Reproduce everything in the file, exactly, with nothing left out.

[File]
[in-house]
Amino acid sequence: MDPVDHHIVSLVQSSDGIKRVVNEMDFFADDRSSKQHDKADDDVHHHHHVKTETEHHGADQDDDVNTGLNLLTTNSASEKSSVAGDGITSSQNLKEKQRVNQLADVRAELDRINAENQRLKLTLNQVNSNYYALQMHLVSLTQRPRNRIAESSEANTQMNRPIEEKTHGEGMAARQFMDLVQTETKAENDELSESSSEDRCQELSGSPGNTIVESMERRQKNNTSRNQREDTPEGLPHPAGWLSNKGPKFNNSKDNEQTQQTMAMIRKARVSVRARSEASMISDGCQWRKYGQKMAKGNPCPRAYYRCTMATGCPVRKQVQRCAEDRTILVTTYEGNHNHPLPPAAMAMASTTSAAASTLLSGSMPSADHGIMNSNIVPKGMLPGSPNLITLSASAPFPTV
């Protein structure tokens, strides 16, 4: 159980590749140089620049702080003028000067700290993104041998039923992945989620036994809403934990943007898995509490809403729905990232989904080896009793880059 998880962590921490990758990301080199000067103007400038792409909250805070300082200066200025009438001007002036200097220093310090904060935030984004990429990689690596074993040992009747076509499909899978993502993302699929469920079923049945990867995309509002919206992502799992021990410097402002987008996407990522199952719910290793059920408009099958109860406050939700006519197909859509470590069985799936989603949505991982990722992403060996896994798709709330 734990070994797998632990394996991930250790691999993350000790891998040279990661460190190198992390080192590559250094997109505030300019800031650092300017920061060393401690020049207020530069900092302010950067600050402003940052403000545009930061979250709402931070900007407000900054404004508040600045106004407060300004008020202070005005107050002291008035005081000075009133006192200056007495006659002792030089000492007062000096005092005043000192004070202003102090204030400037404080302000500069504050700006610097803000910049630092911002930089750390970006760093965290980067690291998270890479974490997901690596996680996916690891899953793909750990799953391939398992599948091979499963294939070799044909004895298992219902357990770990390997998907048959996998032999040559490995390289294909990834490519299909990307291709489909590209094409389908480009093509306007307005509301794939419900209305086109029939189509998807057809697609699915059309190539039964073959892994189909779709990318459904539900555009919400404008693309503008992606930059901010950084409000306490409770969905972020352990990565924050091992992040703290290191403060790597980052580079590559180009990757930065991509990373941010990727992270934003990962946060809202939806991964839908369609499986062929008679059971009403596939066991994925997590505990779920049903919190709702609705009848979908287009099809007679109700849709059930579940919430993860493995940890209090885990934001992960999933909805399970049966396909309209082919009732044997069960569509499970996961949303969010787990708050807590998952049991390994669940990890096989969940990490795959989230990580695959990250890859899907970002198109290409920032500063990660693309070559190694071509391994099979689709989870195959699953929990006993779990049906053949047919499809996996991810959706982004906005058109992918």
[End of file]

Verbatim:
[in-house]
Amino acid sequence: MDPVDHHIVSLVQSSDGIKRVVNEMDFFADDRSSKQHDKADDDVHHHHHVKTETEHHGADQDDDVNTGLNLLTTNSASEKSSVAGDGITSSQNLKEKQRVNQLADVRAELDRINAENQRLKLTLNQVNSNYYALQMHLVSLTQRPRNRIAESSEANTQMNRPIEEKTHGEGMAARQFMDLVQTETKAENDELSESSSEDRCQELSGSPGNTIVESMERRQKNNTSRNQREDTPEGLPHPAGWLSNKGPKFNNSKDNEQTQQTMAMIRKARVSVRARSEASMISDGCQWRKYGQKMAKGNPCPRAYYRCTMATGCPVRKQVQRCAEDRTILVTTYEGNHNHPLPPAAMAMASTTSAAASTLLSGSMPSADHGIMNSNIVPKGMLPGSPNLITLSASAPFPTV
């Protein structure tokens, strides 16, 4: 159980590749140089620049702080003028000067700290993104041998039923992945989620036994809403934990943007898995509490809403729905990232989904080896009793880059 998880962590921490990758990301080199000067103007400038792409909250805070300082200066200025009438001007002036200097220093310090904060935030984004990429990689690596074993040992009747076509499909899978993502993302699929469920079923049945990867995309509002919206992502799992021990410097402002987008996407990522199952719910290793059920408009099958109860406050939700006519197909859509470590069985799936989603949505991982990722992403060996896994798709709330 734990070994797998632990394996991930250790691999993350000790891998040279990661460190190198992390080192590559250094997109505030300019800031650092300017920061060393401690020049207020530069900092302010950067600050402003940052403000545009930061979250709402931070900007407000900054404004508040600045106004407060300004008020202070005005107050002291008035005081000075009133006192200056007495006659002792030089000492007062000096005092005043000192004070202003102090204030400037404080302000500069504050700006610097803000910049630092911002930089750390970006760093965290980067690291998270890479974490997901690596996680996916690891899953793909750990799953391939398992599948091979499963294939070799044909004895298992219902357990770990390997998907048959996998032999040559490995390289294909990834490519299909990307291709489909590209094409389908480009093509306007307005509301794939419900209305086109029939189509998807057809697609699915059309190539039964073959892994189909779709990318459904539900555009919400404008693309503008992606930059901010950084409000306490409770969905972020352990990565924050091992992040703290290191403060790597980052580079590559180009990757930065991509990373941010990727992270934003990962946060809202939806991964839908369609499986062929008679059971009403596939066991994925997590505990779920049903919190709702609705009848979908287009099809007679109700849709059930579940919430993860493995940890209090885990934001992960999933909805399970049966396909309209082919009732044997069960569509499970996961949303969010787990708050807590998952049991390994669940990890096989969940990490795959989230990580695959990250890859899907970002198109290409920032500063990660693309070559190694071509391994099979689709989870195959699953929990006993779990049906053949047919499809996996991810959706982004906005058109992918």